EDITORIAL: War and Remembrance

Jewish Light Editorial

It was strangely ironic that the meteoric fall of the career of General Stanley McChrystal came during the very period of the 60th anniversary of the Korean War, during which another distinguished and brilliant general, Douglas MacArthur, was relieved of his command because of his own hubris (Greek for unmitigated chutzpah!). 

Columnists and commentators of all stripes and ideologies, hawks and doves, Democrats and Republicans, supporters and opponents of the Afghanistan War agreed that McChrystal’s astounding lack of judgment in allowing Michael Hastings, a reporter for Rolling Stone magazine more than a month of unfettered, uncensored and on-the-record access to McChrystal and his loyalists. The group, who called themselves “Team America,” were so full of themselves that they thought they could get away with comments that disrespected and challenged the authority of President Barack Obama, Vice President Joe Biden and the entire civilian command structure. Their comments were were so harsh that the President had no choice but to decisively fire McChrystal by accepting his resignation. Obama was also wise to promptly name General David Patraeus as the new commander of U.S. and NATO forces in Afghanistan.

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It is a bedrock principle of the United States of America, enshrined in our Constitution that the Commander-in-Chief of the Armed Forces is the democratically elected and civilian President of the United States. If McChrystal had been allowed to stay on, even in the aftermath of his latest apologies (he had shown some serious lack of judgment in previous incidents, such as the inaccurate early descriptions of the death of Pat Tillman), Obama’s authority and that of future Presidents would have been seriously compromised – at the same time the United States is involved in two wars.

Despite his flaws, McChrystal deserves great credit for his success in the counter-terrorism strategy in Iraq, which resulted in the virtual crippling of Al Qaeda in that country. Petraeus is highly respected by leaders of both parties and he is expected to gain Senate confirmation for his new appointment promptly.

The great philosopher George Santayana is famously quoted as saying, “Those who do not learn from history are doomed to repeat it.” The histories of wars in which America and the State of Israel have been involved underscore both the wisdom and limitations of that immortal observation. Often leaders learn the wrong lessons from the previous war with disastrous results.

The French built the Maginot Line to prevent another German invasion, only to have Hitler’s Nazi troops do an end run around the cement barrier to utterly defeat France in the spring of 1940. Israel, which had gained supremacy of the skies on the eve of the historic 1967 Six-Day War, were stunned in the October 1973 Yom Kippur War when Egyptian teenagers carrying shoulder-launched Stinger missiles inflicted lethal damage on the Israeli Air Force in the early fighting.

The Afghanistan War is now the longest war in American history, even longer than the Vietnam War, which cost the lives of 58,000 American troops, and many times longer than the three-year Korean War in which 54,000 American troops died in the service of their nation. To date, a total of 1,055 U.S. troops have died in Afghanistan.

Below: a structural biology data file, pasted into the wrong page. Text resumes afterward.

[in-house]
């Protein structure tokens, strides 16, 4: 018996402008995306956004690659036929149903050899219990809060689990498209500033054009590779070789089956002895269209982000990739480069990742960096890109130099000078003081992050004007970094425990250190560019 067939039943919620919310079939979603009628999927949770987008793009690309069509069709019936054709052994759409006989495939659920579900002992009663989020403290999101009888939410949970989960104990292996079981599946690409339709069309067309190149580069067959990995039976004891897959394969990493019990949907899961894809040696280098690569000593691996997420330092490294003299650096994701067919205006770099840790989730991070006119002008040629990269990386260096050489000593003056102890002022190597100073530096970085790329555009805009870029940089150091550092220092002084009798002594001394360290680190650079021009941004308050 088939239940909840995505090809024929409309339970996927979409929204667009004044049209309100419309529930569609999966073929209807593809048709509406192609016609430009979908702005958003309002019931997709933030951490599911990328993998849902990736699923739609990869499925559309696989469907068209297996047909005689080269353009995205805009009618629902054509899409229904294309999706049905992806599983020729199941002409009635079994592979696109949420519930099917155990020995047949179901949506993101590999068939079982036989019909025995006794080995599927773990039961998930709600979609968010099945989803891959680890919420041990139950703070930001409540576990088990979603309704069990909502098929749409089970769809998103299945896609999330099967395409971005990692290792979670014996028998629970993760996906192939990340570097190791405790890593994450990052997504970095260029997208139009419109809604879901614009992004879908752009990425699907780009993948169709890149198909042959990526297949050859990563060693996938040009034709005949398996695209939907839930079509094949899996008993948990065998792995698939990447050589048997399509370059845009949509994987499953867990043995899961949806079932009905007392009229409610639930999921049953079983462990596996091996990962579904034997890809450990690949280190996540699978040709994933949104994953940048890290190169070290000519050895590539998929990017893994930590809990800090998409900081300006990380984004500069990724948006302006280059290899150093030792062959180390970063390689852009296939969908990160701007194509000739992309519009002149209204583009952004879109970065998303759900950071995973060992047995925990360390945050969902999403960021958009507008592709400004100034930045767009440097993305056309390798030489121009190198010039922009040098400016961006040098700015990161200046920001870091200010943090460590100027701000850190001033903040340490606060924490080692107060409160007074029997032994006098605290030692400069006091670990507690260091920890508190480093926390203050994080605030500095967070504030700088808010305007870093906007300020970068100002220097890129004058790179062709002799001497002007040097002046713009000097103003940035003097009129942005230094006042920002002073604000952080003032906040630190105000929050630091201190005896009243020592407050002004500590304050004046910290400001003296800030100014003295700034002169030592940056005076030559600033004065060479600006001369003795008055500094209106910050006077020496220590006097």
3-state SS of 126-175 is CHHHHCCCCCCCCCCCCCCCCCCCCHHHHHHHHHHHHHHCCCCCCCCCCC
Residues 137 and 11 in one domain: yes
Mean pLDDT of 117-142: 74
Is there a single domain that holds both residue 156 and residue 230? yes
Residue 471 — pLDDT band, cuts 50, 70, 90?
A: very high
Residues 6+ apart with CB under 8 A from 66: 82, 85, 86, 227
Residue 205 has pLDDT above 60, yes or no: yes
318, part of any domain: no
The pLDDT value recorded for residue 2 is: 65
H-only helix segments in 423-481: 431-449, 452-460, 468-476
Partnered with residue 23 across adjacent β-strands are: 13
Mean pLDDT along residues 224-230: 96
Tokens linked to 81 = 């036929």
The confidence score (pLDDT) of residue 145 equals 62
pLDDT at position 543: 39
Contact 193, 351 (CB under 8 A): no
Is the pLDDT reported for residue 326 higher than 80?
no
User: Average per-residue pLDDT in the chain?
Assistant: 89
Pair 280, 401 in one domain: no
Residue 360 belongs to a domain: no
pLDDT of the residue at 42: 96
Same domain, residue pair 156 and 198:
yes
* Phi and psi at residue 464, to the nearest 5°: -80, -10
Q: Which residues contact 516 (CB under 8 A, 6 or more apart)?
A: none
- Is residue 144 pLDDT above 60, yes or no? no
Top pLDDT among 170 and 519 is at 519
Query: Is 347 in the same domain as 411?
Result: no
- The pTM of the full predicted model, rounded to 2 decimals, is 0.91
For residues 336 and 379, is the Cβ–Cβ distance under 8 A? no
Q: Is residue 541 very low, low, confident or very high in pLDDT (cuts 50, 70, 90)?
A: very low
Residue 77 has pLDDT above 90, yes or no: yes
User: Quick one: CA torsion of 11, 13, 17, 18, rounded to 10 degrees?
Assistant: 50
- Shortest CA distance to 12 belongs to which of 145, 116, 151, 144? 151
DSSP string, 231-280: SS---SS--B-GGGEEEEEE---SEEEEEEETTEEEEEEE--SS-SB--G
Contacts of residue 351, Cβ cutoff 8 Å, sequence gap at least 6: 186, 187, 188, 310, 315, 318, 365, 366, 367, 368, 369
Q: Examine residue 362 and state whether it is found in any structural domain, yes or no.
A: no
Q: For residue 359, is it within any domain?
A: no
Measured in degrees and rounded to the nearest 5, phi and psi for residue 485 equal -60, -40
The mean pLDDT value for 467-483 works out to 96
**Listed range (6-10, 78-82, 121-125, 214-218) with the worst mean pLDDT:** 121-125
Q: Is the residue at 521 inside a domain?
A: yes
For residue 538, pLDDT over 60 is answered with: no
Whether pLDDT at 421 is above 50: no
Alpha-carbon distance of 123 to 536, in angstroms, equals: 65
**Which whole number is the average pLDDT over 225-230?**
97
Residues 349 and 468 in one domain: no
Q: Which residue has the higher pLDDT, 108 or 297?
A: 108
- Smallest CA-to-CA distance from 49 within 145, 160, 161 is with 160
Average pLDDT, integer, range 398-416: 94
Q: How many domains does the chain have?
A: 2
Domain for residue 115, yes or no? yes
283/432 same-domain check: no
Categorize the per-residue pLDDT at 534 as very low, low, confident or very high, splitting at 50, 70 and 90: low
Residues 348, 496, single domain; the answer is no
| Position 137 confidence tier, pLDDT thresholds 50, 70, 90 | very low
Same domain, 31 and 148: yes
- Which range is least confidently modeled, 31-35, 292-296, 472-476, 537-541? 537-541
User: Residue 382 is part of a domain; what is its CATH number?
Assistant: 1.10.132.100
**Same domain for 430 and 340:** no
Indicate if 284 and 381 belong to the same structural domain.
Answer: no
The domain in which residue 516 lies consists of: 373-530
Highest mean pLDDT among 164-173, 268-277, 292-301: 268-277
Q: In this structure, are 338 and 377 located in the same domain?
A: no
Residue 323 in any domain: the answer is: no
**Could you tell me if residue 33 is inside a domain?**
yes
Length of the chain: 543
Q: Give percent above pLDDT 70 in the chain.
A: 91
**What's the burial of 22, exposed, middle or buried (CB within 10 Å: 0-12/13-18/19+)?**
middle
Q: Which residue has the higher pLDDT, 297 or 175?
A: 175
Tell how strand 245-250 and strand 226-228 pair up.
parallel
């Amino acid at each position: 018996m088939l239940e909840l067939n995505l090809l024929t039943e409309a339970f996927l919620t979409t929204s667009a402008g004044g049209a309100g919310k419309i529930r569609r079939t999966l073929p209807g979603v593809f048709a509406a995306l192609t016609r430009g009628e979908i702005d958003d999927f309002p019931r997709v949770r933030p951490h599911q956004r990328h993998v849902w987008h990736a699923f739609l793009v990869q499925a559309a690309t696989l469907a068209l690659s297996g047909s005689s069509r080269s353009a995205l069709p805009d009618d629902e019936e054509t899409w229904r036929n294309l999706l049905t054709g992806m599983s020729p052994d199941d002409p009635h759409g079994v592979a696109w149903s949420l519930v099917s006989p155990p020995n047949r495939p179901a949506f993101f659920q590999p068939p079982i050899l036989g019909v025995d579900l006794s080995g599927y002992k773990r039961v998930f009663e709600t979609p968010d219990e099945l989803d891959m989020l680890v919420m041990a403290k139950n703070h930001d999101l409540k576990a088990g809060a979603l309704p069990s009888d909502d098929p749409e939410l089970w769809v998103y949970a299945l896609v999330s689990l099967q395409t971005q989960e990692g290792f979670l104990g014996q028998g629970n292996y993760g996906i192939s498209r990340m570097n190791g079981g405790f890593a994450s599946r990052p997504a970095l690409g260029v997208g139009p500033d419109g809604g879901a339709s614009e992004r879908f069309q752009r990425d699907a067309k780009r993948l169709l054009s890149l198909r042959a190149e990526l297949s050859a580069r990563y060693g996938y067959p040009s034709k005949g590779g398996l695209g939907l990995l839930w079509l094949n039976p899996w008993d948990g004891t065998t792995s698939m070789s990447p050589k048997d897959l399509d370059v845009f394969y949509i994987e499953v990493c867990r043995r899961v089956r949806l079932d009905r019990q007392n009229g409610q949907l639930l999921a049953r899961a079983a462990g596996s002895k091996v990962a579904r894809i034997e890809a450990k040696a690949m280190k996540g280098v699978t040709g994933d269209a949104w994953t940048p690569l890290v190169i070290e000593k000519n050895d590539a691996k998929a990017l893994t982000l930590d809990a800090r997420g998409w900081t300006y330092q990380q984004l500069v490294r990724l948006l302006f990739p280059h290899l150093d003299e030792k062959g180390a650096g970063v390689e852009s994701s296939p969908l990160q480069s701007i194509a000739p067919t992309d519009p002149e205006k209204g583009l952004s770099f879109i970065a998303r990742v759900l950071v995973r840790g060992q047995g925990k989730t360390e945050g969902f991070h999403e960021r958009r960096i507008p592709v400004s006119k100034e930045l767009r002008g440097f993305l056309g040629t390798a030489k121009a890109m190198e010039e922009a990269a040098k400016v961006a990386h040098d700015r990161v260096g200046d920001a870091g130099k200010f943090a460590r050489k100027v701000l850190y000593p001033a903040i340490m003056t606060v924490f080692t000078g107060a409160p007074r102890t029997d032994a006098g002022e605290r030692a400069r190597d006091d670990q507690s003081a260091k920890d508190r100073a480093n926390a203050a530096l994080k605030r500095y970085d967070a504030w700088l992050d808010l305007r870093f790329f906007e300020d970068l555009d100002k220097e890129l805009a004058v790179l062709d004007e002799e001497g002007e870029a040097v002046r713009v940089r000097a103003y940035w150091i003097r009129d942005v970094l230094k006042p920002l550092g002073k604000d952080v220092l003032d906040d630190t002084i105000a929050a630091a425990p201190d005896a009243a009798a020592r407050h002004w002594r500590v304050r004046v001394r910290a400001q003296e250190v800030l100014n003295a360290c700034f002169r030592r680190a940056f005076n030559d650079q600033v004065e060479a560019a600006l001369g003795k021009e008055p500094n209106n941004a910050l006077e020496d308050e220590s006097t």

Just as was the case with the Korean War, the Vietnam War, and the Iraq War, there have been growing questions about whether it makes sense to continue our major military involvement in the Afghanistan War. The very month in which McChrystal was fired was the deadliest month for American troops since the war began in 2003 in response to the horrific terrorist attacks on 9/11, which were comparable in scope to the Japanese attack on the Pacific Fleet on December 7, 1941.

But World War II was fought with a unified home front and with a clear and widely supported policy of seeking the utter defeat of Nazi Germany, Fascist Italy and militaristic Japan – an objective that was achieved by what Tom Brokaw calls “The Greatest Generation.”

The brave men and women in Afghanistan who fought under McChrystal and who will be fighting under the command of General Petraeus deserve to have a clearly defined mission. Thomas L. Friedman, foreign affairs columnist of The New York Times, asked in a recent column, “Just what will we ‘win’ if we do ‘win’ in Afghanistan?”

That’s a very good question. Afghanistan’s President Hamid Karzai has openly courted the very Taliban who are the focus of our mission. The most recent efforts to gain the “hears and minds” of the Afghan people have been threatened. The 30,000 additional troops sent to Afghanistan as part of President Obama’s “surge,” have not turned the tide, and the “deadline” for withdrawal by the middle of 2011 is increasingly murky and indefinite.

There is general agreement that General Petraeus is the best qualified leader to take command in Afghanistan, and his confirmation is expected to be approved by a nearly unanimous vote in the Senate.

That same kind of unity of purpose as to exactly what our mission is going to be in Afghanistan from this point forward is urgently needed to assure that the lives and limbs of our brave troops and those of our allies will not have been lost in vain